In the third experiment, we replicated the findings of Experiments 1 and 2. Again, we found that the illusion strength was equal for both induction methods. Furthermore, a similar effect was found in the group of participants who reliably reported the FBI with both induction methods. This latter result further corroborates the AoN hypothesis that body illusions operate as an all-or-nothing phenomenon whereby synchronous activity in an additional modality does not further enhance the strength of the illusion. More precisely, by selecting participants who experience the illusion in both respective conditions we can unambiguously show that inclusion of an additional synchronous modality on top of a confirmed illusion does not further deepen the illusion experience.
Importantly, the findings in Experiment 3 also showed that the onset times of the FBI were identical with both induction methods. This rules out the possibility as suggested by the SE hypothesis that adding an additional sensory modality will increase the speed at which evidence for an alternative common cause is collected such that a switch in self-location is experienced at an earlier time. Instead, the finding in this experiment suggests that not so much the amount of synchronous activation is what is driving the speed of onset of body illusions, but rather the length of time in which sensory and/or motor signals are found to be synchronised (Kokkinara & Slater, 2014
). The finding that the onset speed of the FBI is not influenced by the method of induction is furthermore corroborated by the analysis of the number of participants who experienced the illusion with either induction method. Analysis of the probability of the illusion indicated that there was no significant difference in the amount of participants who experienced a FBI as a consequence of self-movement or self-stroking in a 3PP. This latter finding suggests that both methods were similarly potent in inducing the FBI.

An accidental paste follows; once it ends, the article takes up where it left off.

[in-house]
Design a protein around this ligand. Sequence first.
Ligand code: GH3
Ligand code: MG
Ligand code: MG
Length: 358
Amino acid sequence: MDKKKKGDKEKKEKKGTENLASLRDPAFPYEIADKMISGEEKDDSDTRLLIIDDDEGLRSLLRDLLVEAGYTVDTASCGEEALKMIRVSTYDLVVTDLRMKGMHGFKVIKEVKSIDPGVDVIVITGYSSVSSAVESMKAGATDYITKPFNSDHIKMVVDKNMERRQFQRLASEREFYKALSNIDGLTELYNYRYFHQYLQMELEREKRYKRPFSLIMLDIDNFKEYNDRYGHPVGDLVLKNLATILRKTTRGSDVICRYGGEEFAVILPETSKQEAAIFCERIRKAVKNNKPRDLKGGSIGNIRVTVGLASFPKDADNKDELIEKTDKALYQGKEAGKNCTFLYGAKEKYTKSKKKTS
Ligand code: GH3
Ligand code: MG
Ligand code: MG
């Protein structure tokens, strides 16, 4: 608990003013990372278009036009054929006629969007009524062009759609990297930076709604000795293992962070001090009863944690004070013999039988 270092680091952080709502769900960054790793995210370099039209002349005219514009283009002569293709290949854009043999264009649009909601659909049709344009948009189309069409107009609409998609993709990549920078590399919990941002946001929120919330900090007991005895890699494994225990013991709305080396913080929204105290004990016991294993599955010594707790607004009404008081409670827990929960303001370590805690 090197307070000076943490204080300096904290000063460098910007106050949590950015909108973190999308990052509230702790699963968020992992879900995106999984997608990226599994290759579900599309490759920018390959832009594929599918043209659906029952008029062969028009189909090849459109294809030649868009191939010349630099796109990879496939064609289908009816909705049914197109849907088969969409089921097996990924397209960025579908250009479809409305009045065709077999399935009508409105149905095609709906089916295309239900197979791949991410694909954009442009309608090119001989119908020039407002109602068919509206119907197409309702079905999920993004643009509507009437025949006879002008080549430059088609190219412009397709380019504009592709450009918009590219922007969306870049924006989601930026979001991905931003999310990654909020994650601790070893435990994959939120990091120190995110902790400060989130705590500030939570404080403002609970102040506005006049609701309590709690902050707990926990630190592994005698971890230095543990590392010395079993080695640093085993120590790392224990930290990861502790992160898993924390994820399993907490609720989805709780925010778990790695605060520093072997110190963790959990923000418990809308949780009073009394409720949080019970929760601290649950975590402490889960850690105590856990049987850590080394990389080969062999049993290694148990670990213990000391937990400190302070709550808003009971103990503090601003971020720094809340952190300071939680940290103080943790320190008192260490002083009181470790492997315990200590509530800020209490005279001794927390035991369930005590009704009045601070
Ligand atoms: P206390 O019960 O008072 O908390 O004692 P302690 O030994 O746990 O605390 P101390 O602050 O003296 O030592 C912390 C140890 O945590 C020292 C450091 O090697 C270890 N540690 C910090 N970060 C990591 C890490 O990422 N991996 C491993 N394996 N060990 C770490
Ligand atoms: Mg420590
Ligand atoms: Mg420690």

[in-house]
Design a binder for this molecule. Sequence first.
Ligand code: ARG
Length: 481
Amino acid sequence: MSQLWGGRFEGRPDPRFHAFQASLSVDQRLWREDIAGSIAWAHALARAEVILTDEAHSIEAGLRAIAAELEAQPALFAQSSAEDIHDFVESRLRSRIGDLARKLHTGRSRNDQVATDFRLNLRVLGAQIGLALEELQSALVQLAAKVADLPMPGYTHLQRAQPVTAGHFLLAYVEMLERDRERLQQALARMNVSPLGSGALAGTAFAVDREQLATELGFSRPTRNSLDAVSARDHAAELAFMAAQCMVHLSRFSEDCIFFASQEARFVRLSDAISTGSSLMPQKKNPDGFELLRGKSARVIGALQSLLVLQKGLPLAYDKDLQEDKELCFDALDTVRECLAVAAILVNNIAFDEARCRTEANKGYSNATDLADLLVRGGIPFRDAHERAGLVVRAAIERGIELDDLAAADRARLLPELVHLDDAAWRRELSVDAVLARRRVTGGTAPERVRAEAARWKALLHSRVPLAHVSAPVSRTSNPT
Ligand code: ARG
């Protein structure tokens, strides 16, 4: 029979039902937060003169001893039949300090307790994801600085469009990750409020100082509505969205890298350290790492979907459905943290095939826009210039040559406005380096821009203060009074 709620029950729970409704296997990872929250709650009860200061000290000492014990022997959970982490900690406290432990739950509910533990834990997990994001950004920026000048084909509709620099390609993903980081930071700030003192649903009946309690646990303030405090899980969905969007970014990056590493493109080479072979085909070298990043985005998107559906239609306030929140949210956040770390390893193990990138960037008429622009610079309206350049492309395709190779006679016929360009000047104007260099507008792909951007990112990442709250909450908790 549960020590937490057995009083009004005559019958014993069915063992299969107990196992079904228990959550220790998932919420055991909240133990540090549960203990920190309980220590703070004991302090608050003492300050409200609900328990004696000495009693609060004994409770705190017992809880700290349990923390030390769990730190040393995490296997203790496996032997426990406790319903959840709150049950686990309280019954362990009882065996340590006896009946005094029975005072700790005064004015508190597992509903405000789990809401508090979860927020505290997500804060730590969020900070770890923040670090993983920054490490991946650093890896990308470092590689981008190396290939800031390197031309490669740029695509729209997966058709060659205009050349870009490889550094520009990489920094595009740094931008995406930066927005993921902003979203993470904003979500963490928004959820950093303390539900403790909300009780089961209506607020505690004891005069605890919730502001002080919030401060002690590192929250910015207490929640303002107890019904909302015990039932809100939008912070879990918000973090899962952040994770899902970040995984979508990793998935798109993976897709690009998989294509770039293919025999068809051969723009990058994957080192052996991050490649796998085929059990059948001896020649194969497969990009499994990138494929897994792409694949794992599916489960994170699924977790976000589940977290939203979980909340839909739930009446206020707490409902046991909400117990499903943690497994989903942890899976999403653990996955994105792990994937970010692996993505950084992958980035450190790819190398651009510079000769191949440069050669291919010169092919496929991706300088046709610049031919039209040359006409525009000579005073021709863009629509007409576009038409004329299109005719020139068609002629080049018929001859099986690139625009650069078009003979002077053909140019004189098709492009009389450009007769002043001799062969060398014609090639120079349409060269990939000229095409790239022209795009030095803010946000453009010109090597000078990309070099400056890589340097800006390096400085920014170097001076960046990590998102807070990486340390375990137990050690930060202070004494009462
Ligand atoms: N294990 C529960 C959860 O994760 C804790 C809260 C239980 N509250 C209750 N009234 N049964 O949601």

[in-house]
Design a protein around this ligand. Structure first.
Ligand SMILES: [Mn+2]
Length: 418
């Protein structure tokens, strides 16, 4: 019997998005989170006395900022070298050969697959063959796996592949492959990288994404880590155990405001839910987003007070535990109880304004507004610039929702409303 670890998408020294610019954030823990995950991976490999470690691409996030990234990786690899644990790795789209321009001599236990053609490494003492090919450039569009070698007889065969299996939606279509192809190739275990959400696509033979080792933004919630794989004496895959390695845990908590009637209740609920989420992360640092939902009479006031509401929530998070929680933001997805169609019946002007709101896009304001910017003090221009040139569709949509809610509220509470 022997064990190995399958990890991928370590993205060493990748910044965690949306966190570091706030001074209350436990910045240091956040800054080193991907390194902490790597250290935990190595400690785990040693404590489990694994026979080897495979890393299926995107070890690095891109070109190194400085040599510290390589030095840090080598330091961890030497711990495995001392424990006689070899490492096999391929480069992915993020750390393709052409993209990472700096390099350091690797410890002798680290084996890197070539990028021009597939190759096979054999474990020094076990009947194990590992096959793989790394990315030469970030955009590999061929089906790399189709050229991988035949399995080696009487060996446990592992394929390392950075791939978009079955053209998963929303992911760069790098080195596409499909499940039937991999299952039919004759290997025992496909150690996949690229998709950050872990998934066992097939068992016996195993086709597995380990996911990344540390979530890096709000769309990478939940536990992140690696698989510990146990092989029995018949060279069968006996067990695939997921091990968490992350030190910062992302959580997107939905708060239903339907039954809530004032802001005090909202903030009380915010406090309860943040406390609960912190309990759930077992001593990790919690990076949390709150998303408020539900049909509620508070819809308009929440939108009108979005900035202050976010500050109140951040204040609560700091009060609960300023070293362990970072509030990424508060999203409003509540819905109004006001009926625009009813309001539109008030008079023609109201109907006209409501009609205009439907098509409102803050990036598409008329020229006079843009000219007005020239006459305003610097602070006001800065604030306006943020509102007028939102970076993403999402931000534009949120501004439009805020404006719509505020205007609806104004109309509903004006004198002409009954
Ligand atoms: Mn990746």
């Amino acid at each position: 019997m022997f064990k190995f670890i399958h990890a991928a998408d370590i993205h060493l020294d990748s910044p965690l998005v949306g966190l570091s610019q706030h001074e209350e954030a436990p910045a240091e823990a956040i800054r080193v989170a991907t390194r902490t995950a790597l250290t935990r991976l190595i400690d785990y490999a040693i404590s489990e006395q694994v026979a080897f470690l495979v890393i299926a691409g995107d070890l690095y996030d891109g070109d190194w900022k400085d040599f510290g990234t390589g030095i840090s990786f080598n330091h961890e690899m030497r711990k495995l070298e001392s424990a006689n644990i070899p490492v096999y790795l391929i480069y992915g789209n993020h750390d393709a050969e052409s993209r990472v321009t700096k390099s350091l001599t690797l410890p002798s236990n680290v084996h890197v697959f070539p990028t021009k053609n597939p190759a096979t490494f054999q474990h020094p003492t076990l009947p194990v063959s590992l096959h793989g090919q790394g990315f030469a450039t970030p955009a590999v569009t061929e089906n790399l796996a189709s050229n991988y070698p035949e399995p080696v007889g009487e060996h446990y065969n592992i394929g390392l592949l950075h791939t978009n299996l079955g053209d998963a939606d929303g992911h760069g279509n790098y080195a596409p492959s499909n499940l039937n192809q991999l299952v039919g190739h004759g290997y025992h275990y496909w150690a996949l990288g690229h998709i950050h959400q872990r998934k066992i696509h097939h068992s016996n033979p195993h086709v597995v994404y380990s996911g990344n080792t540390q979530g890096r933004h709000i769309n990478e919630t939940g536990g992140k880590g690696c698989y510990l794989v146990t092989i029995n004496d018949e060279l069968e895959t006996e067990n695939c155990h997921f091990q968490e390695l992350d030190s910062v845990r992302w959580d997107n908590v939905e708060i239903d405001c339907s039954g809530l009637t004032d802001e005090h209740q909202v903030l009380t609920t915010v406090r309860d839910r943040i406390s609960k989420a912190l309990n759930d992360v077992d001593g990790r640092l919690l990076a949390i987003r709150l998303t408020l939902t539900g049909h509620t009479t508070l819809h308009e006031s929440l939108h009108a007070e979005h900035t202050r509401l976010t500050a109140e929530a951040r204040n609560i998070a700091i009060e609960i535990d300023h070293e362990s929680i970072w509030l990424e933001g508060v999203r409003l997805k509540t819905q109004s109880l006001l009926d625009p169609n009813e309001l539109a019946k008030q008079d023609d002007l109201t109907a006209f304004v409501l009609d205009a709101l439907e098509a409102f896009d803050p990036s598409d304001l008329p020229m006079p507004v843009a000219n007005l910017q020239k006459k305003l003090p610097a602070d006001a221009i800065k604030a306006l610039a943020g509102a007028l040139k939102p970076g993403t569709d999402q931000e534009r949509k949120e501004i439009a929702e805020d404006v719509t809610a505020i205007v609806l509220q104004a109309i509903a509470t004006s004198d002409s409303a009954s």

In Experiment 3 we also investigated the possibility that the FBI as measured with the questionnaire items could reflect enhanced suggestibility or social desirability of participants. To this end, three control items were included that inquired about body perceptions on which no effects were expected. The fact that we found a significant main effect of video condition on two of the control statements suggests that indeed some suggestibility or social desirability was present in our sample. However, a significant video condition * statement type interaction indicated that the effects on the FBI items were much larger than the effects on the control items, ruling out suggestibility as an explanation for the FBI as reported in the current study.
It does seem like we obtained a somewhat stronger illusion in Experiment 3 compared to the previous experiments. Due to the practice sessions, participants may have felt more confident in what they experienced and what not and may have scored their experiences higher than they would have done without the practice.
In the final experiment, we moved attention away from the comparison between the two induction methods and focussed more selectively on the method in which we used active self-generated movements to induce the FBI.
In the present paper, we investigated the basic functional mechanisms that are responsible for the construction of (illusory) body representations. More specifically, we asked the question whether the availability of synchronous information in an additional sensory modality would increase the strength of (illusory) embodiment or shorten the time at which (illusory) embodiment sets in. Two opposing perspectives were contrasted. The AoN perspective (Kalckert & Ehrsson, 2014
) suggests that the (illusory) embodiment functions as an all-or-nothing phenomenon and predicts that adding synchronous sensory information will not enhance the illusion strength or facilitate the onset of the illusion. Oppositely, the SE perspective (Samad et al., 2015